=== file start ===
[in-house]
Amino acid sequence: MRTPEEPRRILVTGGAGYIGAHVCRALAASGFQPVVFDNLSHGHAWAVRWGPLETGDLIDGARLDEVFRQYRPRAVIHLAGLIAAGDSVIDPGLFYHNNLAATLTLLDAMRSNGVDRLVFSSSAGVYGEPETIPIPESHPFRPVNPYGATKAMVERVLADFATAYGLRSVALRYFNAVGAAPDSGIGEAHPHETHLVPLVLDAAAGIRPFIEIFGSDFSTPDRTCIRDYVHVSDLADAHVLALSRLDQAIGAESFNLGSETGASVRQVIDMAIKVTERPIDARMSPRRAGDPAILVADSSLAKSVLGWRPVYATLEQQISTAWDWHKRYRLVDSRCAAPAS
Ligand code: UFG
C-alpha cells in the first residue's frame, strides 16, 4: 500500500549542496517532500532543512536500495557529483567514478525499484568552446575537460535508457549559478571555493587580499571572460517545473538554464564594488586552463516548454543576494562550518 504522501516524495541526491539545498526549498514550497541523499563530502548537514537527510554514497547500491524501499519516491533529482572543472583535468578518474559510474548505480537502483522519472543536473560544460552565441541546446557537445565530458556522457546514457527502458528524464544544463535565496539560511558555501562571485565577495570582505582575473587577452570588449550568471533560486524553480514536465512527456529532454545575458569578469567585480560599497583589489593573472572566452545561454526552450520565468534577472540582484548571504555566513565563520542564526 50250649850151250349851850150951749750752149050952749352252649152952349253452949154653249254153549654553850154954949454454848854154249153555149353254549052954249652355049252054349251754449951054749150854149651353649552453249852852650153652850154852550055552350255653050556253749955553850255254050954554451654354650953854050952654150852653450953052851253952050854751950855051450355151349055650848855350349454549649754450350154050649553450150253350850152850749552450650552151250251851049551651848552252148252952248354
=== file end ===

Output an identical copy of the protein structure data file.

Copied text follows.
[in-house]
Amino acid sequence: MRTPEEPRRILVTGGAGYIGAHVCRALAASGFQPVVFDNLSHGHAWAVRWGPLETGDLIDGARLDEVFRQYRPRAVIHLAGLIAAGDSVIDPGLFYHNNLAATLTLLDAMRSNGVDRLVFSSSAGVYGEPETIPIPESHPFRPVNPYGATKAMVERVLADFATAYGLRSVALRYFNAVGAAPDSGIGEAHPHETHLVPLVLDAAAGIRPFIEIFGSDFSTPDRTCIRDYVHVSDLADAHVLALSRLDQAIGAESFNLGSETGASVRQVIDMAIKVTERPIDARMSPRRAGDPAILVADSSLAKSVLGWRPVYATLEQQISTAWDWHKRYRLVDSRCAAPAS
Ligand code: UFG
C-alpha cells in the first residue's frame, strides 16, 4: 500500500549542496517532500532543512536500495557529483567514478525499484568552446575537460535508457549559478571555493587580499571572460517545473538554464564594488586552463516548454543576494562550518 504522501516524495541526491539545498526549498514550497541523499563530502548537514537527510554514497547500491524501499519516491533529482572543472583535468578518474559510474548505480537502483522519472543536473560544460552565441541546446557537445565530458556522457546514457527502458528524464544544463535565496539560511558555501562571485565577495570582505582575473587577452570588449550568471533560486524553480514536465512527456529532454545575458569578469567585480560599497583589489593573472572566452545561454526552450520565468534577472540582484548571504555566513565563520542564526 50250649850151250349851850150951749750752149050952749352252649152952349253452949154653249254153549654553850154954949454454848854154249153555149353254549052954249652355049252054349251754449951054749150854149651353649552453249852852650153652850154852550055552350255653050556253749955553850255254050954554451654354650953854050952654150852653450953052851253952050854751950855051450355151349055650848855350349454549649754450350154050649553450150253350850152850749552450650552151250251851049551651848552252148252952248354